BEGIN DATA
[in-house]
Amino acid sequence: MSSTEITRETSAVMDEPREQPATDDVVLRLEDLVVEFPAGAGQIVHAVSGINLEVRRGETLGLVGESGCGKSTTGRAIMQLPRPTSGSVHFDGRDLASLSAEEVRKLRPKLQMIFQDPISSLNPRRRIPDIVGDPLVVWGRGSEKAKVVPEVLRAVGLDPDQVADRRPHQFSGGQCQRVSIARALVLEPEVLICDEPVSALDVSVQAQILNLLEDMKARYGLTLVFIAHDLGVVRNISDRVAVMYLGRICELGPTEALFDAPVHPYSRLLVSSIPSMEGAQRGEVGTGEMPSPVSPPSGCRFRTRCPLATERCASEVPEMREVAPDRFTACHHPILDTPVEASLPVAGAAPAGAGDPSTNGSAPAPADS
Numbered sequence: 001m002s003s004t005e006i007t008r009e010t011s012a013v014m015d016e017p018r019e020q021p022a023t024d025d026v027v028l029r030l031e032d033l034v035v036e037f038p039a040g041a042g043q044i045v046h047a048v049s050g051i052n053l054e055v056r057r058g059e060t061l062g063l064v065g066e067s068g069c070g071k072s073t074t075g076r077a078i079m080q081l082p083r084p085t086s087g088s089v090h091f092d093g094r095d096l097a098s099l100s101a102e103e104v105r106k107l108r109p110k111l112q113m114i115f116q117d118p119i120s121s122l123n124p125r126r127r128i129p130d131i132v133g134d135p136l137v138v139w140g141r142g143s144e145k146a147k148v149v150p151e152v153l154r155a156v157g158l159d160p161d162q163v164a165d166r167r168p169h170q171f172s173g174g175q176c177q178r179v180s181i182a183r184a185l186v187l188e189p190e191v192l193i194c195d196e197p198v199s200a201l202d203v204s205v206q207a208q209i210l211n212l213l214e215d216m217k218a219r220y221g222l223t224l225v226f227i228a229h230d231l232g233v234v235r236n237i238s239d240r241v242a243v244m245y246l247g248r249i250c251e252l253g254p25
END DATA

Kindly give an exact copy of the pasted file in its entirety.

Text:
[in-house]
Amino acid sequence: MSSTEITRETSAVMDEPREQPATDDVVLRLEDLVVEFPAGAGQIVHAVSGINLEVRRGETLGLVGESGCGKSTTGRAIMQLPRPTSGSVHFDGRDLASLSAEEVRKLRPKLQMIFQDPISSLNPRRRIPDIVGDPLVVWGRGSEKAKVVPEVLRAVGLDPDQVADRRPHQFSGGQCQRVSIARALVLEPEVLICDEPVSALDVSVQAQILNLLEDMKARYGLTLVFIAHDLGVVRNISDRVAVMYLGRICELGPTEALFDAPVHPYSRLLVSSIPSMEGAQRGEVGTGEMPSPVSPPSGCRFRTRCPLATERCASEVPEMREVAPDRFTACHHPILDTPVEASLPVAGAAPAGAGDPSTNGSAPAPADS
Numbered sequence: 001m002s003s004t005e006i007t008r009e010t011s012a013v014m015d016e017p018r019e020q021p022a023t024d025d026v027v028l029r030l031e032d033l034v035v036e037f038p039a040g041a042g043q044i045v046h047a048v049s050g051i052n053l054e055v056r057r058g059e060t061l062g063l064v065g066e067s068g069c070g071k072s073t074t075g076r077a078i079m080q081l082p083r084p085t086s087g088s089v090h091f092d093g094r095d096l097a098s099l100s101a102e103e104v105r106k107l108r109p110k111l112q113m114i115f116q117d118p119i120s121s122l123n124p125r126r127r128i129p130d131i132v133g134d135p136l137v138v139w140g141r142g143s144e145k146a147k148v149v150p151e152v153l154r155a156v157g158l159d160p161d162q163v164a165d166r167r168p169h170q171f172s173g174g175q176c177q178r179v180s181i182a183r184a185l186v187l188e189p190e191v192l193i194c195d196e197p198v199s200a201l202d203v204s205v206q207a208q209i210l211n212l213l214e215d216m217k218a219r220y221g222l223t224l225v226f227i228a229h230d231l232g233v234v235r236n237i238s239d240r241v242a243v244m245y246l247g248r249i250c251e252l253g254p25